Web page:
• Do home remedies for nits actually work? (Onoky) (Moment RF)Source: Moment RF
Nits are one of the most dreaded scourges of parenthood.
Nicola Heath

3 May 2019 - 9:55 AM  UPDATED 22 May 2019 - 3:05 PM

I’ve dealt with a panoply of infectious ailments since becoming a parent. Pneumonia; hand, foot and mouth disease; impetigo; conjunctivitis; ear infections; and an endless parade of garden-variety viruses have warranted regular trips to the pharmacy and the doctors’ surgery over the years. Particularly memorable was our family’s first round of gastro – an illness I’d evaded for 32 years but have had twice, once on my birthday, since having kids.

One invasion I’m fervently thankful we’ve escaped so far is head lice. Microscopic pathogens – even if they result in soul-crushing evacuations of the digestive system – I can handle. An infestation of visible creepy crawlies in my children’s hair – no thank you. It’s a shudder-inducing thought, and I doubt I’d be up to the task of dealing with the critters. And the thought that they could end up in my hair – excuse me while I breathe into this paper bag.

But – mercy be – there are steps you can take to protect your family members’ scalps from head lice. On new SBS series Medicine or Myth, mother and daughter duo Patti and Mia peddle their homemade head lice repellent to an expert panel looking for remedies to send to scientific trial. It’s a subject close to the heart of panel members Dr Charlie Teo and Dr Ginni Mansberg, both parents who have dealt with their share of nit infestations over the years.

First off – just what are head lice? According to the Health Direct website, they are “tiny wingless insects about the size of a sesame seed that live in the hair of humans and animals where they feed on blood by biting the skin.” Lice spread by close head-to-head contact and sharing combs and hairbrushes. “They swing from hair to hair like Tarzan,” explains Mansberg helpfully. Fortunately for parents, children affected by head lice can attend school as long as effective treatment begins before the next school day.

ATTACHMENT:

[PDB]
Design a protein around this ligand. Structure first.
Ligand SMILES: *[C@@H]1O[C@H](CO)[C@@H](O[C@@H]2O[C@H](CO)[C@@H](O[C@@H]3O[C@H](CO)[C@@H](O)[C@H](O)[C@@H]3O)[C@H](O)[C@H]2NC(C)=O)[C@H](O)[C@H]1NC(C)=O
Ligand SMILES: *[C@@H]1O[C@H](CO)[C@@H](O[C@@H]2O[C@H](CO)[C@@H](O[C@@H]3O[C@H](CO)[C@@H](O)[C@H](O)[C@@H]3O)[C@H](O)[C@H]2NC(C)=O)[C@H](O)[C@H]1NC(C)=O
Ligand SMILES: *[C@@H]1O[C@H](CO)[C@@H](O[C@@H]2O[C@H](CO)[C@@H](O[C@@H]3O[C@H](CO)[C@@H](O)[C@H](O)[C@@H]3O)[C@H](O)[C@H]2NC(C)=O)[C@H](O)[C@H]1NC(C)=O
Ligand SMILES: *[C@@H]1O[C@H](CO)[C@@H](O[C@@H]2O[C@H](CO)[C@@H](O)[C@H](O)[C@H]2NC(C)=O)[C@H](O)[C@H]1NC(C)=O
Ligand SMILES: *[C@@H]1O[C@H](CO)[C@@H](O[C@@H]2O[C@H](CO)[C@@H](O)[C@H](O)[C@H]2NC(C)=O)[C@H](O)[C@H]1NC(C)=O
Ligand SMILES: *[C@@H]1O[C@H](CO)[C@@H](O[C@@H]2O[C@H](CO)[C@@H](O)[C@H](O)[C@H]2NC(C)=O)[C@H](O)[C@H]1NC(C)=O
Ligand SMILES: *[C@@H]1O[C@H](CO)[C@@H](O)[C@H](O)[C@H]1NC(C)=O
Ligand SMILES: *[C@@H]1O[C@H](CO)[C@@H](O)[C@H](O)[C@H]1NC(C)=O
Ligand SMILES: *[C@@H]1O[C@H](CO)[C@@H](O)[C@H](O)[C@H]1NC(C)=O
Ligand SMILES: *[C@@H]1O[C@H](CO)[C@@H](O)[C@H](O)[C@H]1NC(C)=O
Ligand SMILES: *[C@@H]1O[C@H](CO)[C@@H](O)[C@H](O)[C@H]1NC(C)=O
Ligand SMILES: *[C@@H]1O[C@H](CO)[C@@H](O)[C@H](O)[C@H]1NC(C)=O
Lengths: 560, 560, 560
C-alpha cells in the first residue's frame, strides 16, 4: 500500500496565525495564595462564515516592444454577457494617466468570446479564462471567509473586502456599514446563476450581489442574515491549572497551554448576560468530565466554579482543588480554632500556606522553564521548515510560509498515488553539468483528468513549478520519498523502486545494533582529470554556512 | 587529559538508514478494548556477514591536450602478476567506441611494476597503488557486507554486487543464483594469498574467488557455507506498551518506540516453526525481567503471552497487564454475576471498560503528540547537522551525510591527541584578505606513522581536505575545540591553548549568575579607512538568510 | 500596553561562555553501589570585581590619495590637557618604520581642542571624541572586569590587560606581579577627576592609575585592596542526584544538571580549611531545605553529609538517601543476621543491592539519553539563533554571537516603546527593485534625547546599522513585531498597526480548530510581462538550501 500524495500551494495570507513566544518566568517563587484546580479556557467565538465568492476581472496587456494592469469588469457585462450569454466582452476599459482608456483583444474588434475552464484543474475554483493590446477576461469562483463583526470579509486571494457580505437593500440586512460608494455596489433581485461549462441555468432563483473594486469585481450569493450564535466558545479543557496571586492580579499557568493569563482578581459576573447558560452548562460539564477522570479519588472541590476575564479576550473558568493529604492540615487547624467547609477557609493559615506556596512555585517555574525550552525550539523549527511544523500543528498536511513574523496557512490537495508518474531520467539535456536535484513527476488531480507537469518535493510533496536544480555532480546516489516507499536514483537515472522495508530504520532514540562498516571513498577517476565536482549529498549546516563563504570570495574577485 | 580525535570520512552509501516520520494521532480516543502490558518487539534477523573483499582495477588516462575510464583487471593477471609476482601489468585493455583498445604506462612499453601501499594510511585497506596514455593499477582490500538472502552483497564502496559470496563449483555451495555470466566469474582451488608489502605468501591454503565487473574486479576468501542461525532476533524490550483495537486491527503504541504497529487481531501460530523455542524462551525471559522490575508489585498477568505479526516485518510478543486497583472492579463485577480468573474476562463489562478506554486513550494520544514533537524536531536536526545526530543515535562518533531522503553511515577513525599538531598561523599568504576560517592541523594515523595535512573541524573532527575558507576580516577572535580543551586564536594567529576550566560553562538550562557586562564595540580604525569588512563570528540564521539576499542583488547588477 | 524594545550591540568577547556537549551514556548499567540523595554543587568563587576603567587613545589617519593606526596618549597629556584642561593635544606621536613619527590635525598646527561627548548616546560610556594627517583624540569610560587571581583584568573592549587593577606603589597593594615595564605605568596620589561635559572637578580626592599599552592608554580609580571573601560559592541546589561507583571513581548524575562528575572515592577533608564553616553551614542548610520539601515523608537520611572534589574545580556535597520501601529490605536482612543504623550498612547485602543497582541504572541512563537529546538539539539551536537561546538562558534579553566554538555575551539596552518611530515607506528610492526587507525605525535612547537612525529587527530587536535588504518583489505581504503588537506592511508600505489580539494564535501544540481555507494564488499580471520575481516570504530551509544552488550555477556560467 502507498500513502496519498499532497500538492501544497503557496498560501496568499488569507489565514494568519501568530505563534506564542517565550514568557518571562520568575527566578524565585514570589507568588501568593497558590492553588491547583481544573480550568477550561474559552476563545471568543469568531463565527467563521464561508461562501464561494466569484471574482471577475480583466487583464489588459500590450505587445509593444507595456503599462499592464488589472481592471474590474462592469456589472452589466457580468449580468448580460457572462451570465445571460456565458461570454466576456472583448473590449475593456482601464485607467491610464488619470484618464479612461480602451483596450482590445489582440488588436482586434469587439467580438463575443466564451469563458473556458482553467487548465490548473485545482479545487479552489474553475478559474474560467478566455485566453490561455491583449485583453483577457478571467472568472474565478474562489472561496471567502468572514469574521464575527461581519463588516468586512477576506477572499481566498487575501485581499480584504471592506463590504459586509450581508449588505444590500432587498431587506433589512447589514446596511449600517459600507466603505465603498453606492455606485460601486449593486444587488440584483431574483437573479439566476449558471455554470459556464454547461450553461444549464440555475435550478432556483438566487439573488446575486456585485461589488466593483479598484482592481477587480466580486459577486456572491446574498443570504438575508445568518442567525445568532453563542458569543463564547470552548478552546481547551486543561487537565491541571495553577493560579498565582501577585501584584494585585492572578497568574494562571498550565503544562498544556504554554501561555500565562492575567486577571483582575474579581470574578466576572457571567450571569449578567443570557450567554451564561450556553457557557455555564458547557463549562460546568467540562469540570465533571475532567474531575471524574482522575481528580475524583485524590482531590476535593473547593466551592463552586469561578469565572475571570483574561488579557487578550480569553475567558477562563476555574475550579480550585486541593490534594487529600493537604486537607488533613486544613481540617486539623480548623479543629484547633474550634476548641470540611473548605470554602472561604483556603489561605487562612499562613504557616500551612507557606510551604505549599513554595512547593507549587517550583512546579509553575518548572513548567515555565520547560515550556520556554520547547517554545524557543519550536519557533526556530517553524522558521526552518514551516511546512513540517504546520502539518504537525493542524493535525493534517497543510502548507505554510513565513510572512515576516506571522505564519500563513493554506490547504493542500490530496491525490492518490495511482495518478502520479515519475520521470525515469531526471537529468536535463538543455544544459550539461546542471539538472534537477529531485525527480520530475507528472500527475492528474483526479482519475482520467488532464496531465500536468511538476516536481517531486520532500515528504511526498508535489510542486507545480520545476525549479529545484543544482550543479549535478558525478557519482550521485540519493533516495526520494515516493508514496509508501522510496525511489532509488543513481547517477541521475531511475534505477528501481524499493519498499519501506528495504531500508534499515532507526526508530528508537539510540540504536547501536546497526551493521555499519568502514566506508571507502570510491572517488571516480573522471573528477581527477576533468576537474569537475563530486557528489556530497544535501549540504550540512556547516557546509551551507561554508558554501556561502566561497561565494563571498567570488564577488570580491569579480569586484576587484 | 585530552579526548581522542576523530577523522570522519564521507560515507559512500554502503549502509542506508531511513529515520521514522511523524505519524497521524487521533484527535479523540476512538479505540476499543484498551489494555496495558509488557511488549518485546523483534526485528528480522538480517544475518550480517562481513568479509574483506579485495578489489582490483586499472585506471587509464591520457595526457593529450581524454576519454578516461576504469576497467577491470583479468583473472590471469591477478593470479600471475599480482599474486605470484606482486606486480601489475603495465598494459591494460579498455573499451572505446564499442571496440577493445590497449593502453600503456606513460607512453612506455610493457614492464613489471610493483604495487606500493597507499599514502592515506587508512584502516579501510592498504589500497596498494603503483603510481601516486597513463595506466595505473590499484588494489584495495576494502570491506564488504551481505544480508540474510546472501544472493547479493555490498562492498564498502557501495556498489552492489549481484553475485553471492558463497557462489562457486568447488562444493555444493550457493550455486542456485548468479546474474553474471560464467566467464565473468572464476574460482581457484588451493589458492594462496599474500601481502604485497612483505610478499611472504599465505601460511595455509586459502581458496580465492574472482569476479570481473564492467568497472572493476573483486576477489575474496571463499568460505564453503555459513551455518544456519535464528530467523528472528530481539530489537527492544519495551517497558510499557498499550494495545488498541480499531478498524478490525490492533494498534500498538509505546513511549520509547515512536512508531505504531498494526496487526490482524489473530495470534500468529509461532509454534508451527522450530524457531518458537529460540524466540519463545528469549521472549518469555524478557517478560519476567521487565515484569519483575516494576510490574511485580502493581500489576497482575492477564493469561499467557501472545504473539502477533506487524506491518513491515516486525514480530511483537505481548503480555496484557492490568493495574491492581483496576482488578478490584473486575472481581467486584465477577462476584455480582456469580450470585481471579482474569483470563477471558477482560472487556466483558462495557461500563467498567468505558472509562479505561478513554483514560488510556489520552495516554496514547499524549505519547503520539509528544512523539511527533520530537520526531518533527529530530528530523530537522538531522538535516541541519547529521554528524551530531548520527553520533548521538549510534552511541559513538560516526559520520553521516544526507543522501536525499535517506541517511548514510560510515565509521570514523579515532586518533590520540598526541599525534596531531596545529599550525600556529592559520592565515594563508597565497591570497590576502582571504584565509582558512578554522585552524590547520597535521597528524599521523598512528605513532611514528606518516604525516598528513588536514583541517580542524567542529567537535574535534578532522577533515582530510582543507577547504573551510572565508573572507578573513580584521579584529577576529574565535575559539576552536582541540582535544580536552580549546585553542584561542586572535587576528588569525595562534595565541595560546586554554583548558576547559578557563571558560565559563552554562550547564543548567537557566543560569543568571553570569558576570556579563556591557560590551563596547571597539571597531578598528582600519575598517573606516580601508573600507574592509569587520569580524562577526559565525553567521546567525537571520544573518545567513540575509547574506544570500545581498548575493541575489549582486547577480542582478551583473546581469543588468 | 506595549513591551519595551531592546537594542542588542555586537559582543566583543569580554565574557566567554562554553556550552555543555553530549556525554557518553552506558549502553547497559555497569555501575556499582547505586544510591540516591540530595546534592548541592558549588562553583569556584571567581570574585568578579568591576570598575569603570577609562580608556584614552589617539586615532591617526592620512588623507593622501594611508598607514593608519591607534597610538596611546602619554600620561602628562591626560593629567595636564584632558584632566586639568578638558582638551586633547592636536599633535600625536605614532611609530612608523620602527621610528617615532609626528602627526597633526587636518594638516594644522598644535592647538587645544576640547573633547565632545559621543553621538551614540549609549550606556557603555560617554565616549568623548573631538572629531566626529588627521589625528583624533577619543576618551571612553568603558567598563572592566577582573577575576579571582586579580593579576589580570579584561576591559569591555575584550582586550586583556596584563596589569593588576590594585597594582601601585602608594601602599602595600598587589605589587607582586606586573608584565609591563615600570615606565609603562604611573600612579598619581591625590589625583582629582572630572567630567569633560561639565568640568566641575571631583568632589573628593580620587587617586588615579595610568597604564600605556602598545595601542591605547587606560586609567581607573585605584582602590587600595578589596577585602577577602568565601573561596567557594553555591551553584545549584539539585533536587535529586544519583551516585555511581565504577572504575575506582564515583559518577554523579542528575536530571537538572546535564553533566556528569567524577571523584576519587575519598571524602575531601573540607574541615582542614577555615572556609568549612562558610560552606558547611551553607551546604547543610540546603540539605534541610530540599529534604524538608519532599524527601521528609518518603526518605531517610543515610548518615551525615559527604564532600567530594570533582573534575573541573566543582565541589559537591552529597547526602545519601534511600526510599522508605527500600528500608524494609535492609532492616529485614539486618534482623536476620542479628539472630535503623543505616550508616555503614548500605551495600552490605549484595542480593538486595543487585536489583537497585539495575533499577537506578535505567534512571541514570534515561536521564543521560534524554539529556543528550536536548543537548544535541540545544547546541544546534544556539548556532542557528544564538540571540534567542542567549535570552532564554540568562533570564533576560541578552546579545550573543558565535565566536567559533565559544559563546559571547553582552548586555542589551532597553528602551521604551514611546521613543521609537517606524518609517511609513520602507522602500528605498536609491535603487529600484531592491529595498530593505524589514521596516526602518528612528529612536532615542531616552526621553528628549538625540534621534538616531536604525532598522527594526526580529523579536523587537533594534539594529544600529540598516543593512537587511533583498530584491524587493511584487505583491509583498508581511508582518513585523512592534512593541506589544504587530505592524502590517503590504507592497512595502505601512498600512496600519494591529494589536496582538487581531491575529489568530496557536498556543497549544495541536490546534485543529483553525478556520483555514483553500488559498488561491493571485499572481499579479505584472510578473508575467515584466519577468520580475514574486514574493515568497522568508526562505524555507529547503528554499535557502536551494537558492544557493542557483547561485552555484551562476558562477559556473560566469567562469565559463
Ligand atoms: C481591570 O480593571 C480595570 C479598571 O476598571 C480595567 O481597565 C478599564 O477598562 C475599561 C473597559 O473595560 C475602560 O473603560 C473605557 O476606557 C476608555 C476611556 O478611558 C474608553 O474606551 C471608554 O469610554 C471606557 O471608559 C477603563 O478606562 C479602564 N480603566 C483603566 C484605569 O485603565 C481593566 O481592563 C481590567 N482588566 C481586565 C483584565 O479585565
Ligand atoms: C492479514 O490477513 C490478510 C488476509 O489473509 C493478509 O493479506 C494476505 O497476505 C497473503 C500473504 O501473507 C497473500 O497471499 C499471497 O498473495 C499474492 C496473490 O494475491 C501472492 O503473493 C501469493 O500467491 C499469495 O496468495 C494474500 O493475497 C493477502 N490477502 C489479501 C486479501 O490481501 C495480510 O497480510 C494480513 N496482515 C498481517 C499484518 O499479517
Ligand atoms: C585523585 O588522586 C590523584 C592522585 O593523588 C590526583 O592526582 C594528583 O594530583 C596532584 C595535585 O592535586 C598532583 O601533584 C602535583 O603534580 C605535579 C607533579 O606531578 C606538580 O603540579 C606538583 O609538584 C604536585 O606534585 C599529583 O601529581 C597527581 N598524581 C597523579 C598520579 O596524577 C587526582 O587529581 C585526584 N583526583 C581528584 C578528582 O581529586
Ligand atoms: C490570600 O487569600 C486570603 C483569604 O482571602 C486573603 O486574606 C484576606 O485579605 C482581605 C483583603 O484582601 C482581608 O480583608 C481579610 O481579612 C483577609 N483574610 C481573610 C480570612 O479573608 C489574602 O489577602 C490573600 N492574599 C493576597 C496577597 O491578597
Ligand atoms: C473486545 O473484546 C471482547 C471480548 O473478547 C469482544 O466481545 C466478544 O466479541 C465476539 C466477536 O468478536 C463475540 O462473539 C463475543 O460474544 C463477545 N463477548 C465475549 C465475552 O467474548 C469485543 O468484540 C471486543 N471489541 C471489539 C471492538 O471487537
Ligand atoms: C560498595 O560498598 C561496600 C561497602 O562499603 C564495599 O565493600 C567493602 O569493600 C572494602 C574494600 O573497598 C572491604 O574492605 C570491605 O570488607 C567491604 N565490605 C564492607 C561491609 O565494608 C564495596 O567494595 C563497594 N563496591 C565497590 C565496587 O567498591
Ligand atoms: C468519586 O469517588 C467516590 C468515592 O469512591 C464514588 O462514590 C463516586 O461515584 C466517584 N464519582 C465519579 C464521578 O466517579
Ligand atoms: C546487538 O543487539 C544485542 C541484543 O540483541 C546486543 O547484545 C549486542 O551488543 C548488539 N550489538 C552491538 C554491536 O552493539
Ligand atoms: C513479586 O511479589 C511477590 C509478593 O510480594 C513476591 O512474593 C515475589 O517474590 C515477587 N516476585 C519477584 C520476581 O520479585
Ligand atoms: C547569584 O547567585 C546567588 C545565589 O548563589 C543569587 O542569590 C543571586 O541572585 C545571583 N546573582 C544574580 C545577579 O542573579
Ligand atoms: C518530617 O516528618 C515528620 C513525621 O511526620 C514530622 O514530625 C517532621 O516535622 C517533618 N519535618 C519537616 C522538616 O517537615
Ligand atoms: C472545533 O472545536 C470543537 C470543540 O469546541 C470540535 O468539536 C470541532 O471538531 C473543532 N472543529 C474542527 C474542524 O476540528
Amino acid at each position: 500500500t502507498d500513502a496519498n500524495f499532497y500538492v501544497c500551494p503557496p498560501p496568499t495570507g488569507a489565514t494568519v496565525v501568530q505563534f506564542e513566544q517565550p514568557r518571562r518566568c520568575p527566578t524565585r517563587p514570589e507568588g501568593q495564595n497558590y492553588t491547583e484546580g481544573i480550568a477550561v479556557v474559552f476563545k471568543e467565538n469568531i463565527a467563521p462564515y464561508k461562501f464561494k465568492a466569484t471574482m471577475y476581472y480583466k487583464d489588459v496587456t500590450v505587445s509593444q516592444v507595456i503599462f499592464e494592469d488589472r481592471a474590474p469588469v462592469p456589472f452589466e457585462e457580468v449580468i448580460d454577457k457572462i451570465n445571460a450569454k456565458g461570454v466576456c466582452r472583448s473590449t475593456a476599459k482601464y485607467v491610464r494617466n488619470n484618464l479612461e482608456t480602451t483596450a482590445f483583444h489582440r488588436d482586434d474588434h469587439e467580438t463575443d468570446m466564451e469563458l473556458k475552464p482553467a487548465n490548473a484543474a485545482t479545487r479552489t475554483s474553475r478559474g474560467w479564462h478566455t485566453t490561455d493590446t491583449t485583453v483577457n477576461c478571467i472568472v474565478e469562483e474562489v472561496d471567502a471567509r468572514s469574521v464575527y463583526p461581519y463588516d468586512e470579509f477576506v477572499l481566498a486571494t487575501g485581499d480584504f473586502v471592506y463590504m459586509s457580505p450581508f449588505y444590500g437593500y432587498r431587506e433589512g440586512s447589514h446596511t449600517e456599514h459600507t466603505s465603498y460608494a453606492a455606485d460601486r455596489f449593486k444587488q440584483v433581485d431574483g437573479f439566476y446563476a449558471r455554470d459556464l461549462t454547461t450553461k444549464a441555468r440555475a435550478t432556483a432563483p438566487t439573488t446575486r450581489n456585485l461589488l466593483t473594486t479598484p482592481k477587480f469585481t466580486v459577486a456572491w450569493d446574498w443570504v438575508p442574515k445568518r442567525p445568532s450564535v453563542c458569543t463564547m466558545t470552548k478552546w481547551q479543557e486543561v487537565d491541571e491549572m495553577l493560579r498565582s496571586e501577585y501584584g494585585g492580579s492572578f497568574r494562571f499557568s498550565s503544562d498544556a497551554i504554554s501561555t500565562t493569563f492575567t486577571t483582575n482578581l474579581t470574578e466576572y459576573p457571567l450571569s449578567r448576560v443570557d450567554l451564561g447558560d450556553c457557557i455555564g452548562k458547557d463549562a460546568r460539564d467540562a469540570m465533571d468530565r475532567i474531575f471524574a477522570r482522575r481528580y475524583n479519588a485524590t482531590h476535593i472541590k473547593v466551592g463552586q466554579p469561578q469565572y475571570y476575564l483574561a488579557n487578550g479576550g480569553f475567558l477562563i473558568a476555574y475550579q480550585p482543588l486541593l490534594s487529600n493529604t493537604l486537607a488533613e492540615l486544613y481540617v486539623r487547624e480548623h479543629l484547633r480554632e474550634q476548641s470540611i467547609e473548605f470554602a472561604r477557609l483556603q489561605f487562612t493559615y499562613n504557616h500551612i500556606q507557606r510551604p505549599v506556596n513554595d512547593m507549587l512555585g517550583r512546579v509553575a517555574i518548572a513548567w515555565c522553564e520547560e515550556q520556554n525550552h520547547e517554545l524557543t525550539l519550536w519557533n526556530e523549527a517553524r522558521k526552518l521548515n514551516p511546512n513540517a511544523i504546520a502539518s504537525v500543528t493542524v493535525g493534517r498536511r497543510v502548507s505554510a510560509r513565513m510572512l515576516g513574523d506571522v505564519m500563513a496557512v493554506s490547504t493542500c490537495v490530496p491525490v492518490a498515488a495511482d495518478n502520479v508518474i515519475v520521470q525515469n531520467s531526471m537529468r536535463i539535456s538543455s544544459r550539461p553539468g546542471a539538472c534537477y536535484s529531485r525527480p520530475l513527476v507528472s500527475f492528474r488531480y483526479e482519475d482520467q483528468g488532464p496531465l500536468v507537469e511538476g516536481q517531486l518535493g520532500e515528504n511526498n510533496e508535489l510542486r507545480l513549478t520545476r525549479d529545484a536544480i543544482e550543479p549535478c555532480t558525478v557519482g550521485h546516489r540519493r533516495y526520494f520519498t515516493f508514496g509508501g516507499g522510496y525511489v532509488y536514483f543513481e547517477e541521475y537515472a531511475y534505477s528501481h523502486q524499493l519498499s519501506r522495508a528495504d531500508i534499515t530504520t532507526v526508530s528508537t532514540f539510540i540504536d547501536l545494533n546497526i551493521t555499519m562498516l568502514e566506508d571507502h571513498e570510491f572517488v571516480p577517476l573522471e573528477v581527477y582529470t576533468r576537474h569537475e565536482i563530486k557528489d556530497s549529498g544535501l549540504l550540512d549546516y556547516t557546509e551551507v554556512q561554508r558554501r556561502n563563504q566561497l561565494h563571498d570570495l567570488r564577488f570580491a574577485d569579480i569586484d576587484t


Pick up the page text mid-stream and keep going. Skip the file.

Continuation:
To keep dreaded nits at bay, Patti has created a spray made from tea tree, lavender, eucalyptus and rosemary oils that she applies to eight-year-old Mia’s incredible calf-length locks every day. It acts as both a repellent and a treatment, with the tea tree oil, the active ingredient, killing lice and their eggs.

The panel is convinced of the repellent’s efficacy thanks to the well-established medicinal properties of tea tree oil and chooses not to send Patti’s head lice spray to trial.  They are nevertheless impressed by the product. “I wish I’d heard this presentation when my children were still at school,” Teo says. “It would have saved us thousands of dollars.”

Inspired by Patti’s miracle medicine, I turned to social media to marshal more tried and tested home remedies for treating head lice. I was overwhelmed with responses from brave parents who have battled nits and won. Many used variations of the same tea tree oil spray used by Patti in an effort to avoid using conventional chemical treatments. Others suggested more questionable methods of nit removal, such as washing hair in mouthwash or dousing hair daily with hairspray to form a protective shield – two strategies I’d rather avoid.

Here are two more head lice home remedies (not at all endorsed by SBS Life).

Coconut oil

Coconut oil is one of the hardest working items in the pantry. According to the oil’s devotees, its potential uses are endless, from moisturising to repelling mozzies to making mayonnaise – and now you can add treating head lice to the list. One such remedy involves applying coconut oil to the hair before sliding off eggs. Hair is then rinsed with apple cider vinegar and wrapped with cling wrap for 30 minutes. Next, wash hair and comb through conditioner. Do it all again two days later, and comb through conditioner with a nit comb every second night for the rest of the week. According to website Healthline, there’s still not enough known about how coconut oil could treat lice, so if it doesn’t work after three treatments, it’s time to talk to your doctor.


Some claim Coke can be used to remove rust, so it comes as no surprise that it could potentially kill pests too. Devotees of this mention wash hair before dousing it from roots to tip with two litres of Coke (!). They then let hair dry without rinsing, presumably ignoring the inevitable stickiness. Once it's dry, it's time to wash and condition as normal.

And if all else fails, follow this mum’s advice: “shave heads, burn house down and start again!”

This article contains general information only and does not recommend or endorse any particular treatment. It is not intended to replace the advice provided by your own doctor or medical or health professional.

Nicola Heath is a freelance writer. Follow Nicola on Twitter @nicoheath 

Are alternative remedies simply a myth or do they have a place alongside modern medicine? 

Medicine or Myth? follows everyday Australians as they pitch their diverse and sometimes divisive health remedies to a panel of medical experts, led by Dr Charlie Teo, in the hope of being selected for a real-world trial.

#MedicineorMyth, an eight-week series, airs every Monday at 8.30 pm on SBS, or catch up anytime on SBS On Demand.